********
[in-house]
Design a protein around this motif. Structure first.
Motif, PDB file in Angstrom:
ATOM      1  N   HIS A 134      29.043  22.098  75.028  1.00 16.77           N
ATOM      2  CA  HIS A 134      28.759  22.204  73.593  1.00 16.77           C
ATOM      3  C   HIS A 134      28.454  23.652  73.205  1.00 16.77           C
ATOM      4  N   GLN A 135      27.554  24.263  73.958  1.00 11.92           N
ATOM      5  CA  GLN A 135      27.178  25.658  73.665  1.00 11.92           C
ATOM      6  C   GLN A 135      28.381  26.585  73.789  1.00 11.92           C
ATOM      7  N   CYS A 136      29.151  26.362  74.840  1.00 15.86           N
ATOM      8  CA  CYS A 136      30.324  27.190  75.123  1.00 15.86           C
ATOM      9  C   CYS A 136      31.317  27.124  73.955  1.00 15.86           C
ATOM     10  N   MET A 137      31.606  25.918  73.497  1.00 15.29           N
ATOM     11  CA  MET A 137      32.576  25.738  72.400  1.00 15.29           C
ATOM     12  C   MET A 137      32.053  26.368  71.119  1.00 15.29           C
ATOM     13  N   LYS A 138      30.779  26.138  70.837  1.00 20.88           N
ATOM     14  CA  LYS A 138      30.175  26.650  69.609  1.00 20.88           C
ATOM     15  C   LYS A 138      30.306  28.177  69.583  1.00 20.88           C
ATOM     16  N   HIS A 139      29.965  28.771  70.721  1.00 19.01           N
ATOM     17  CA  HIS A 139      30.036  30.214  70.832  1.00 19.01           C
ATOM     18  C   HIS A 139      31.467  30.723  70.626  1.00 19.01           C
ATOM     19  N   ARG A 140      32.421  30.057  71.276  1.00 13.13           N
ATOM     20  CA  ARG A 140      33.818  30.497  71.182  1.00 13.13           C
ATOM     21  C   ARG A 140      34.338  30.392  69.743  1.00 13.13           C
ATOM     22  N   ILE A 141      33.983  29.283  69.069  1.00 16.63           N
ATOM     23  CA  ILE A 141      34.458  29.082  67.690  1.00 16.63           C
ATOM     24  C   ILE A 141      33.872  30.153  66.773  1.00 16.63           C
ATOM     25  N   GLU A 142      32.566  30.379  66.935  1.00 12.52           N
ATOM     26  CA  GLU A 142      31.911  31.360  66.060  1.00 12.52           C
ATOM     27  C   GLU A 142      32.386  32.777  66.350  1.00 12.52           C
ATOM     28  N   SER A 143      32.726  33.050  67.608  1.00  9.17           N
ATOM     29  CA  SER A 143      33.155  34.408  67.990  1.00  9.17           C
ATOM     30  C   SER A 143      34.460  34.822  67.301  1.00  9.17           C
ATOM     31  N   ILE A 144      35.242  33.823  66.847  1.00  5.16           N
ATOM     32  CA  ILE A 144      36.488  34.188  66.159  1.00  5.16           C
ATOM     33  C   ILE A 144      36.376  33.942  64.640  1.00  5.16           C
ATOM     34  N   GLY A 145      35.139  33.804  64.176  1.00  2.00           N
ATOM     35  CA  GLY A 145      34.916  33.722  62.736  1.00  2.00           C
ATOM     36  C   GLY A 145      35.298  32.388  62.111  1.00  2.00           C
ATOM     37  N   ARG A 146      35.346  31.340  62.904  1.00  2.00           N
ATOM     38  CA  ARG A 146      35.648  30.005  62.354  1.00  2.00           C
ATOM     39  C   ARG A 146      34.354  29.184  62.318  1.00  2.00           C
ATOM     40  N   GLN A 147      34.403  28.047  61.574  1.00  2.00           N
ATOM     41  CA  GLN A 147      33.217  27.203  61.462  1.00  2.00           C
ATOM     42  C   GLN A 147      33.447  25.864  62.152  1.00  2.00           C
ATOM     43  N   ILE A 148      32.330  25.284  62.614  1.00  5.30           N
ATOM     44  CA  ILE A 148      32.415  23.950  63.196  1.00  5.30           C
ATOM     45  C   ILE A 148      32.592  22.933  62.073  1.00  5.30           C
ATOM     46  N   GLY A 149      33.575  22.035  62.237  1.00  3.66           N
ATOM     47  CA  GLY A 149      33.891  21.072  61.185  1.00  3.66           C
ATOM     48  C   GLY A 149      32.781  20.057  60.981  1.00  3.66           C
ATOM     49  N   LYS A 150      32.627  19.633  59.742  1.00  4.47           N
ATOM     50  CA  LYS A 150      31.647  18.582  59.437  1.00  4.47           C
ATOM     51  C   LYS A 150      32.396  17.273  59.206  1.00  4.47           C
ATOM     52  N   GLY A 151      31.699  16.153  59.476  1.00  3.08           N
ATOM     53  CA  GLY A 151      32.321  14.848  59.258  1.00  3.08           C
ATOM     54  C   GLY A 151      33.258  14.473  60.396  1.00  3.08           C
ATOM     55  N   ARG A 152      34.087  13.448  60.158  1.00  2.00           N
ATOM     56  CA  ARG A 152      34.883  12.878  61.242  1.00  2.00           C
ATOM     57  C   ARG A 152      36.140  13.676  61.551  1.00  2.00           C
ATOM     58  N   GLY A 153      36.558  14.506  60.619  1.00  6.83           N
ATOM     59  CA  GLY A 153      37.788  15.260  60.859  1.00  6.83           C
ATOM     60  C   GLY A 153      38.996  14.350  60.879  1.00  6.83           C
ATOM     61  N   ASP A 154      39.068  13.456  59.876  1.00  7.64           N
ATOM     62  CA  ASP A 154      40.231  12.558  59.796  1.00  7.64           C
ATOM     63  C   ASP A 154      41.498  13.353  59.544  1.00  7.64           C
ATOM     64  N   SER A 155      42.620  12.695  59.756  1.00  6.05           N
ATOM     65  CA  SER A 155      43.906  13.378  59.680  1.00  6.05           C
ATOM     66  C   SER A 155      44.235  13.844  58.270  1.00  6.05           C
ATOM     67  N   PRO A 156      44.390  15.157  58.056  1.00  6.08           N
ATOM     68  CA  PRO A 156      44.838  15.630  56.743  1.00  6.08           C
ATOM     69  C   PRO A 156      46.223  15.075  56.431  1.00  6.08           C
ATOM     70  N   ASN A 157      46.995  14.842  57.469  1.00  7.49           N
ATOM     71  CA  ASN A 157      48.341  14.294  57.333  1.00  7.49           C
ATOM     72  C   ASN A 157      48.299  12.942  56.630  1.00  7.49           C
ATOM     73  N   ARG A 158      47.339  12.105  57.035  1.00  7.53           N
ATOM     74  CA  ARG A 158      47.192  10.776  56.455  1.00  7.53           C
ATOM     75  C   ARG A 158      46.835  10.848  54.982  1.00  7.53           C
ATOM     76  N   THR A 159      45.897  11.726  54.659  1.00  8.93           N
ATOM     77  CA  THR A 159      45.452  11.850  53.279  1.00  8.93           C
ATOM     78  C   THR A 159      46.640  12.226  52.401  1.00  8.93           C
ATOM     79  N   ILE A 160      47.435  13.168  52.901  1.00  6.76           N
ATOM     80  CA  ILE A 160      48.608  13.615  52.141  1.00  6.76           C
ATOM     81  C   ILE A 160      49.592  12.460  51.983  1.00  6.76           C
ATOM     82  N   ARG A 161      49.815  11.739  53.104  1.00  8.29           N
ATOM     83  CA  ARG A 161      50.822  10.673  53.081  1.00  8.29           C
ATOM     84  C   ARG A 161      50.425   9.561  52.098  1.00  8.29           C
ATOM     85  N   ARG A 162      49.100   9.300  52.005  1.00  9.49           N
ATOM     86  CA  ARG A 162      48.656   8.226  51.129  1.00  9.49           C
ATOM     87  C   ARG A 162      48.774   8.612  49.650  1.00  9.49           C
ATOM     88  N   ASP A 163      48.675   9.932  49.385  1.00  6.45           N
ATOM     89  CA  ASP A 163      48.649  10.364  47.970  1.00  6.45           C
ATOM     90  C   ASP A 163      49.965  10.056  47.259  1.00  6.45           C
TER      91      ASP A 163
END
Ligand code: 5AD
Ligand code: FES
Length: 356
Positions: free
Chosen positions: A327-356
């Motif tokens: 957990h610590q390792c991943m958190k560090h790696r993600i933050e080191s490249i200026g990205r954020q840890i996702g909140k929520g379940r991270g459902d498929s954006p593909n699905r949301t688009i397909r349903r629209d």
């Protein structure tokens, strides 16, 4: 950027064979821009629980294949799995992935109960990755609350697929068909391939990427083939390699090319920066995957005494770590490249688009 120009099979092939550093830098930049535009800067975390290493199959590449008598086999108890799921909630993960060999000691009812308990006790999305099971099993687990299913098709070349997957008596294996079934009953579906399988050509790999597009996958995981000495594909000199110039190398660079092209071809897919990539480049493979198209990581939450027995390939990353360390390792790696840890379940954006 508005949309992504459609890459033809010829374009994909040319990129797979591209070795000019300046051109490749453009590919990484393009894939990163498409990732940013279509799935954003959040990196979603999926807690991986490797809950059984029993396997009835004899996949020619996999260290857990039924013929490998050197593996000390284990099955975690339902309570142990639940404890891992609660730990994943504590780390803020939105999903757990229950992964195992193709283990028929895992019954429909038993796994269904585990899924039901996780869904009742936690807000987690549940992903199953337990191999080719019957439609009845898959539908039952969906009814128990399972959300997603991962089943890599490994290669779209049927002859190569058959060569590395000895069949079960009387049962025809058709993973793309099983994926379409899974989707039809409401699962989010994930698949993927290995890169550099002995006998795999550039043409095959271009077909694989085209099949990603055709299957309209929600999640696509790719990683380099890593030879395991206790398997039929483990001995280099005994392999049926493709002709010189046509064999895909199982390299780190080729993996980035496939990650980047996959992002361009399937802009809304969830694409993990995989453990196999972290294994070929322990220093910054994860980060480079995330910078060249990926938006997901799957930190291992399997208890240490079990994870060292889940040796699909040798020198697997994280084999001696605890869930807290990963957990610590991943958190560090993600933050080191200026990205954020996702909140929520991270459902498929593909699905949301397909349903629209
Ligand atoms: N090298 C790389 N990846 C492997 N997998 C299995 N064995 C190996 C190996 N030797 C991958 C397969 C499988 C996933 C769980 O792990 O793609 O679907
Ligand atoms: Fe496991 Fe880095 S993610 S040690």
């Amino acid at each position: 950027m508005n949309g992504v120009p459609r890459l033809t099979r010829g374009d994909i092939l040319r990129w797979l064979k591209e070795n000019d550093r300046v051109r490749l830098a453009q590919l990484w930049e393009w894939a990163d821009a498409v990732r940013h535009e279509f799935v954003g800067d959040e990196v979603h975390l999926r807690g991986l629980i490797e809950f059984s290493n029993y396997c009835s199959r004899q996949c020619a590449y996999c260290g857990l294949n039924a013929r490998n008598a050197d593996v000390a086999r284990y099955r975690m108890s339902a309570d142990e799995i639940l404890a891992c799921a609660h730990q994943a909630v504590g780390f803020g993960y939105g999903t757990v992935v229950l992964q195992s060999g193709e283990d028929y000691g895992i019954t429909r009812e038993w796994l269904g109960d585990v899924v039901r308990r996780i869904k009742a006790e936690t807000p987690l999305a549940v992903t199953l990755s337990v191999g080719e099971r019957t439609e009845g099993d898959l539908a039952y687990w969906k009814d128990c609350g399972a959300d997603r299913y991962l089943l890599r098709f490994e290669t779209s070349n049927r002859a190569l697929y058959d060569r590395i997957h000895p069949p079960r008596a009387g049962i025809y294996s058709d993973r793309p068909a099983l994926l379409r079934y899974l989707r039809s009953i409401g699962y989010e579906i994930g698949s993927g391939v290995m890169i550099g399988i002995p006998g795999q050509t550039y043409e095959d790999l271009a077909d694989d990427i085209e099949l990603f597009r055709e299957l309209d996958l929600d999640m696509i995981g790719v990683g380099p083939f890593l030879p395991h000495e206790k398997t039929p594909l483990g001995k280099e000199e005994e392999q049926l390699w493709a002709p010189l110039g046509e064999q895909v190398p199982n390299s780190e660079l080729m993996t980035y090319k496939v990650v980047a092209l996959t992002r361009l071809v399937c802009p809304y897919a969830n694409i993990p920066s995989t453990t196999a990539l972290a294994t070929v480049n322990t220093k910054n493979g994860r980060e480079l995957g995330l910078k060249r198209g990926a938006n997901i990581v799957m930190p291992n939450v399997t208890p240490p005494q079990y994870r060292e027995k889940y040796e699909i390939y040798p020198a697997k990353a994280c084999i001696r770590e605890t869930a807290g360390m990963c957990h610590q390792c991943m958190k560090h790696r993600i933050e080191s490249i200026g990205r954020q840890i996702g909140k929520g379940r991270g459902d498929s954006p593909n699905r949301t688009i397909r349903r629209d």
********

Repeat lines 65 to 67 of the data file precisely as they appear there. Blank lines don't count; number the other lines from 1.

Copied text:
ATOM     62  CA  ASP A 154      40.231  12.558  59.796  1.00  7.64           C
ATOM     63  C   ASP A 154      41.498  13.353  59.544  1.00  7.64           C
ATOM     64  N   SER A 155      42.620  12.695  59.756  1.00  6.05           N